I haven't seen much news coverage lately on what's going on with supply chains.
     
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  3. Adventurer55

    Adventurer55 Well-Known Member

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    It truly is the circle of life. There's always better times then other times. We are in a not such good place at the moment. Companies though shouldn't continually just think it's business as usual. Don't sweep your problems under the rug, as the rug wears out, and will have to be pulled at some point. Then all of those problems have to be fixed or swept away with the house.
     
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  4. Doug D

    Doug D Virginia Gentleman

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    Over the past 2 months meat prices here (Mid-Atlantic) have gone up. Early in the pandemic ground beef was $4-$5/lb. Now it's around $6.50/lb. The premium meat cuts are at or over $10/lb - use to be around $8/lb. Chicken pork and turkey seem to have remained steady. Can usually get boneless chicken breasts for $1.99 lb. Those prices are at the local Food Lion. My daughter who works in the meat department at Walmart says some of their meat prices have dropped. Early in the pandemic they could not keep the meat cases stocked. Then prices went up and the panic buying seemed to slow and they were able to slowly restock. At one point the meat, chicken, and lunch meat cases were 99% empty.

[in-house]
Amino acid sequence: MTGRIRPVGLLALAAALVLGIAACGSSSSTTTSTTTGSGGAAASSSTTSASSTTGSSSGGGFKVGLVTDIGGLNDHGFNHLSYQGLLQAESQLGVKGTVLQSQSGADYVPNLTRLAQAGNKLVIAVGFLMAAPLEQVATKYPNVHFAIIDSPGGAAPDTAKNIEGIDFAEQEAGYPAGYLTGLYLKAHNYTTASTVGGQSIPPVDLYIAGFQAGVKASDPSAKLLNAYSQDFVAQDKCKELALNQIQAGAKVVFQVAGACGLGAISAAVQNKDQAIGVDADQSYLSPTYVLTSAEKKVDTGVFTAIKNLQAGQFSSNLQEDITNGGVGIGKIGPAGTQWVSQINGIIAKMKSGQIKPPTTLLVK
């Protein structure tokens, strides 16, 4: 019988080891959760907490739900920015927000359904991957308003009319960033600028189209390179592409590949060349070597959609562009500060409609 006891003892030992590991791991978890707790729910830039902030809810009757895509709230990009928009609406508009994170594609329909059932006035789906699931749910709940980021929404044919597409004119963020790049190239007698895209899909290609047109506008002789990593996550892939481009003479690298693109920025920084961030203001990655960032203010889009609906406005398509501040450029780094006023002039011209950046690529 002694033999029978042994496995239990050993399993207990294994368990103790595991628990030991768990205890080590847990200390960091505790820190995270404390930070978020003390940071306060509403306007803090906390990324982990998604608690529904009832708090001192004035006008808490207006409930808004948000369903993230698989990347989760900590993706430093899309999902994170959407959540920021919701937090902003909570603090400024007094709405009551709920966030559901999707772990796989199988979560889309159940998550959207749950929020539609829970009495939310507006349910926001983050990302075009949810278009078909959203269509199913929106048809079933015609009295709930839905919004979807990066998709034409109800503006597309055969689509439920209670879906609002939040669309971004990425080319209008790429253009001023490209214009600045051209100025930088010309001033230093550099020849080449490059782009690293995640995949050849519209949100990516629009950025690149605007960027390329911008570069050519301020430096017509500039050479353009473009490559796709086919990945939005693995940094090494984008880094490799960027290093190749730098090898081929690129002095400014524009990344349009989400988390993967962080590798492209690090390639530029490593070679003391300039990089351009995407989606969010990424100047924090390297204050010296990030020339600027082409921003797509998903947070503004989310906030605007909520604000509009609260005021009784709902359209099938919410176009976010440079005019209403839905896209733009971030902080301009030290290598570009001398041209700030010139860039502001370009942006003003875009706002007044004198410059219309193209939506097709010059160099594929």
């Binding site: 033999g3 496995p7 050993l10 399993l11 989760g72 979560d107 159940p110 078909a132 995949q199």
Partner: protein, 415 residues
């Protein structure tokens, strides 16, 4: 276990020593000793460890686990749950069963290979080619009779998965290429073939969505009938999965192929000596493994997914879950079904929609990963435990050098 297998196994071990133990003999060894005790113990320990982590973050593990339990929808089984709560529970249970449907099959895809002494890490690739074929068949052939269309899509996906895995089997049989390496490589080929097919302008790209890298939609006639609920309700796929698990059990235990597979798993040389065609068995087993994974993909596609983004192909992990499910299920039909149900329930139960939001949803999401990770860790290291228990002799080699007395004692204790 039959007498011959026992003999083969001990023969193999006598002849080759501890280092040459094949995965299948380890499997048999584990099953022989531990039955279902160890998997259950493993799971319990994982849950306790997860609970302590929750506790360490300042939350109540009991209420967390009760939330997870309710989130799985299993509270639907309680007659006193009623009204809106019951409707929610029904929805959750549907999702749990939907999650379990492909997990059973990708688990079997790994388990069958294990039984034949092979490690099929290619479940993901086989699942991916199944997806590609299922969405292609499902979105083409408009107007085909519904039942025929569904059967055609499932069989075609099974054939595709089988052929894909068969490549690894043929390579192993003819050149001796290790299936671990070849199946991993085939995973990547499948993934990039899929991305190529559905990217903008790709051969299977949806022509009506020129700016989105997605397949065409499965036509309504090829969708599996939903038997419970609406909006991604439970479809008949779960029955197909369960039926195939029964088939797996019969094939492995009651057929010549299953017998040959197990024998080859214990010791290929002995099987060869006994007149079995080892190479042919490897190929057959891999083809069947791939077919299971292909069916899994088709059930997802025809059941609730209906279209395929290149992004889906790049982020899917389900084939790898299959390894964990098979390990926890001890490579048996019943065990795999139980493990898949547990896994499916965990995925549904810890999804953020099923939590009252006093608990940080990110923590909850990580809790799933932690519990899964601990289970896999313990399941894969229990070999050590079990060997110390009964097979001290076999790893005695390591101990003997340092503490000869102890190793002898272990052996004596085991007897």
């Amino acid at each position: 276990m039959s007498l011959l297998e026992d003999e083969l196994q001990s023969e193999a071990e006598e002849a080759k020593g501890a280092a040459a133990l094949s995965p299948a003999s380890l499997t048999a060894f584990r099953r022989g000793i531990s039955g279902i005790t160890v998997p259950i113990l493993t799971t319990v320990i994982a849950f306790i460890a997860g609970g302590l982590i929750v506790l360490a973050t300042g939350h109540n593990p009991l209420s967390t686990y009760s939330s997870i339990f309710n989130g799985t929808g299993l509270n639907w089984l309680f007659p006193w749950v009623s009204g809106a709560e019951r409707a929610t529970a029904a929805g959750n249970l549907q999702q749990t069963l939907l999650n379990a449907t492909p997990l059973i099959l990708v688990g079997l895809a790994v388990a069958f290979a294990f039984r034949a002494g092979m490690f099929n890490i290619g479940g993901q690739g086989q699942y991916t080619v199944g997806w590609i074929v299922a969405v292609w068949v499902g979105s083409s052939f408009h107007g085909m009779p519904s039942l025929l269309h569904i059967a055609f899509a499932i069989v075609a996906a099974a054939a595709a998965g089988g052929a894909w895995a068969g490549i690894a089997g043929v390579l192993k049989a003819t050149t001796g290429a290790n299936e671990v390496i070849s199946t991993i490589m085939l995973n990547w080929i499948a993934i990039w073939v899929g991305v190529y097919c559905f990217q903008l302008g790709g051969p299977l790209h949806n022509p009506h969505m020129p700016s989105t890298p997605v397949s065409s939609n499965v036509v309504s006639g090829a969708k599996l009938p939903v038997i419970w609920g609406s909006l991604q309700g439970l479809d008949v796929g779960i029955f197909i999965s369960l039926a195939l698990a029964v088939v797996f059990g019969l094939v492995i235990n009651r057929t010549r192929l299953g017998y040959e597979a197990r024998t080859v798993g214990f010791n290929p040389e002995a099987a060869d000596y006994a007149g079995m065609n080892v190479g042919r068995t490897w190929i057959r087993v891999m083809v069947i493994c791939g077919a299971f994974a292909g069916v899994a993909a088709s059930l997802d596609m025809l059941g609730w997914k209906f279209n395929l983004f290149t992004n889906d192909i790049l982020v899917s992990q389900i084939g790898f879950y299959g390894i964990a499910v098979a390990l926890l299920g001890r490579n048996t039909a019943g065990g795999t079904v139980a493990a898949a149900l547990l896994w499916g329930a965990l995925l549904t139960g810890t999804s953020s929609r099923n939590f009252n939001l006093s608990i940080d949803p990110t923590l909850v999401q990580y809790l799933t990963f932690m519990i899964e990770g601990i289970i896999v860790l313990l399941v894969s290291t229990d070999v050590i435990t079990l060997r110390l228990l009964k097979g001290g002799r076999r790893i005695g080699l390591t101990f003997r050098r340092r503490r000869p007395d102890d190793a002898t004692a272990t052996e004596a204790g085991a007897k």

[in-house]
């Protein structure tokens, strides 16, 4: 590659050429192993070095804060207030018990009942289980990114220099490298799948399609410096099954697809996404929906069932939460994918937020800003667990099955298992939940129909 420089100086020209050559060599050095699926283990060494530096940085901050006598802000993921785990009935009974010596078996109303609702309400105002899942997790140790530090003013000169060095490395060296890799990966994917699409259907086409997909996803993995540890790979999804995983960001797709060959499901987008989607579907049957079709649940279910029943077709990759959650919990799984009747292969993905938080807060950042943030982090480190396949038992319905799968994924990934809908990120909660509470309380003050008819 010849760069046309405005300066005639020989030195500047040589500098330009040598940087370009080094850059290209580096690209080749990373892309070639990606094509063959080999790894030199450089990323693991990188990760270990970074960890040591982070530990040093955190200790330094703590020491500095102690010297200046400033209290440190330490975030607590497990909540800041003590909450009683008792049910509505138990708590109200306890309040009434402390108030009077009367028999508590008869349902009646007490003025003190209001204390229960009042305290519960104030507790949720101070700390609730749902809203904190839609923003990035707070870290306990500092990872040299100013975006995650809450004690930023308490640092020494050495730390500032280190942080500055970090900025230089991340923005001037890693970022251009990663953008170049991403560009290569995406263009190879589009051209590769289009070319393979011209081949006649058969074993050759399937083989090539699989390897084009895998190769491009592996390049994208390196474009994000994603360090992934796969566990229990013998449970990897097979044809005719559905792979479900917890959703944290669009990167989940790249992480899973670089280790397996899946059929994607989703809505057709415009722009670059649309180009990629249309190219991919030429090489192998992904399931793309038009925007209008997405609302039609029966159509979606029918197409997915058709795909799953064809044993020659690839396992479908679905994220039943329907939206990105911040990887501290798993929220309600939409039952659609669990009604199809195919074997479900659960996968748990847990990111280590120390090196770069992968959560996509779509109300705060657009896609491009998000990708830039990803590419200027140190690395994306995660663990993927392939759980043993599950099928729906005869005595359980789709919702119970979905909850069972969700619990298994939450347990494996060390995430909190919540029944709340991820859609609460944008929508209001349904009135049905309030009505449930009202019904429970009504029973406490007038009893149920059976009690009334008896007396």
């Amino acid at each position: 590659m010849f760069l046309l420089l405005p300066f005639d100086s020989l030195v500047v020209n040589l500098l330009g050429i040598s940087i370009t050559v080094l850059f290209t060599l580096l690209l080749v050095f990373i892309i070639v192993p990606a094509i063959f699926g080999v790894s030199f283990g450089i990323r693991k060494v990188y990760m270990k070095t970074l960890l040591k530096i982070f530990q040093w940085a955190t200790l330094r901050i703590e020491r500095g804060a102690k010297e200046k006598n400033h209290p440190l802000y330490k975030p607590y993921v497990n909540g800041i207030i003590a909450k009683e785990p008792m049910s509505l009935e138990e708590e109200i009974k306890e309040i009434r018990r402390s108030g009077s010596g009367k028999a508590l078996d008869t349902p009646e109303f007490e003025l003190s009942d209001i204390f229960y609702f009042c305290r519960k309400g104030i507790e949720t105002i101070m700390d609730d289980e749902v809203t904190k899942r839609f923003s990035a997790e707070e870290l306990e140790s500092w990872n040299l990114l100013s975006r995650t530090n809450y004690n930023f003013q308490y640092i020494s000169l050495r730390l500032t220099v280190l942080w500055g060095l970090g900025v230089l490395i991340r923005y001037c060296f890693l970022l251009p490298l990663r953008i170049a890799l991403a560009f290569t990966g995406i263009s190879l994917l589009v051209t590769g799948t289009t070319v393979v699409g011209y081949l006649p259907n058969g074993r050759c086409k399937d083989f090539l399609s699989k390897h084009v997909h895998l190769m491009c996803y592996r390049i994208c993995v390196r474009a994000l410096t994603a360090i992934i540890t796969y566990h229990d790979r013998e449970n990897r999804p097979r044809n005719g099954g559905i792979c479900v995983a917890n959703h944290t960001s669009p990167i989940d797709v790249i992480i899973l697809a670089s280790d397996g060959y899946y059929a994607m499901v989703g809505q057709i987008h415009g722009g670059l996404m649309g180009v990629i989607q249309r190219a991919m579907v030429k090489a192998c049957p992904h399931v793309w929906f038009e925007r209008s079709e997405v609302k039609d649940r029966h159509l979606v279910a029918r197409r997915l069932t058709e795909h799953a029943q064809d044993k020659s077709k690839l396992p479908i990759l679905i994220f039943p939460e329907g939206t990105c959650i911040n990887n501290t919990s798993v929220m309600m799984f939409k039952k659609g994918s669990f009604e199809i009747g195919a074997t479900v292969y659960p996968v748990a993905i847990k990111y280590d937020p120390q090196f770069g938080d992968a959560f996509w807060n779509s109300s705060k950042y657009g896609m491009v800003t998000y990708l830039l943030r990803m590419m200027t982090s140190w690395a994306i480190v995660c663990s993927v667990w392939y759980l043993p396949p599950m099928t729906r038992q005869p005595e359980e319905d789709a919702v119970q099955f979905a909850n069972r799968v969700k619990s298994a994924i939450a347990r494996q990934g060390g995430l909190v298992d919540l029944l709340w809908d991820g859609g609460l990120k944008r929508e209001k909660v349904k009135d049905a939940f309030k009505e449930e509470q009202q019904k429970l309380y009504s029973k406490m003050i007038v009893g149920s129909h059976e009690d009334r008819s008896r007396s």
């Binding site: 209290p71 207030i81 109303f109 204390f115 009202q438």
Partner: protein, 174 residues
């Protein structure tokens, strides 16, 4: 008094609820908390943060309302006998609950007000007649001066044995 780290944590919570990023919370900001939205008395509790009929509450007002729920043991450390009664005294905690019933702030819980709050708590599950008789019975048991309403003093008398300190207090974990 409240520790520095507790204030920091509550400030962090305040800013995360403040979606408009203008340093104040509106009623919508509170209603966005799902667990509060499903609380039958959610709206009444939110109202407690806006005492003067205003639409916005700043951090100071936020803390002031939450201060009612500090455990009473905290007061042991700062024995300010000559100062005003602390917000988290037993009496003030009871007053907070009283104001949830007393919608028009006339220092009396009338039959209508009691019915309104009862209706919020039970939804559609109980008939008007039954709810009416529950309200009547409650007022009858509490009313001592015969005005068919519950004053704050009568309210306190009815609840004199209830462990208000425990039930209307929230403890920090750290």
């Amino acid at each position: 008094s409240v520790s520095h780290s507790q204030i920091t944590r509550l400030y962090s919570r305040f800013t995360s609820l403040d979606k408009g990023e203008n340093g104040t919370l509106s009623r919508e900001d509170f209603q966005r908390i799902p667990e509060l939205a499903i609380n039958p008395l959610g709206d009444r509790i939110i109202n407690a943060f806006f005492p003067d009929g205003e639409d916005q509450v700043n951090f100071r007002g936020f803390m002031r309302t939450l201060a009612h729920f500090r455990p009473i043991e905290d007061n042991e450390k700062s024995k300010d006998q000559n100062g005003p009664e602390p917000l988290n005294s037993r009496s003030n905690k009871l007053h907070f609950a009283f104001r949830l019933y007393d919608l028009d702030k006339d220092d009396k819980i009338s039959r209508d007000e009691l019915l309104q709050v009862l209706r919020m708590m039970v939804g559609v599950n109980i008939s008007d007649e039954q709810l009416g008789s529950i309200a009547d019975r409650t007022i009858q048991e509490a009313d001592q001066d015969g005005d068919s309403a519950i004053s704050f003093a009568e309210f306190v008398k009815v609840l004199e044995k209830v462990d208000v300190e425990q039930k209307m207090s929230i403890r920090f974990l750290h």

As we all experienced, the shelves were bare early in the pandemic. In the last month I've noticed plentiful selections in the meat , dairy (in particular, milk), egg and produce departments. Even the grocery aisles are much better stocked than they were previously. You can even find TP on the shelf. Amazing! Of course, Isiasis is expected to hit our region by Tuesday and I'm sure there will be a run on the stores today or tomorrow. Maybe not as it is the 1st weekend of the month and many of those on government assistance have probably been at the stores all weekend. Daughter and her fiance noted Walmart was very busy yesterday (both work there).

    Fuel prices here were up to $1.99 (some over $2) a few weeks ago. Over the past two weeks they have dropped. Some stations down to $1.69.
     
  5. Charger Red

    Charger Red Well-Known Member

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    Since we're waaaay off topic here don't worry about Isaias influencing people to hoard things. We're right directly across from it right now and it's a big nothingburger. The networks both local and national are struggling to maintain the hype. It's pretty funny when you see reports where the news person is reporting doom and gloom and right behind them are people lounging in chairs, kitesurfers in the water, etc.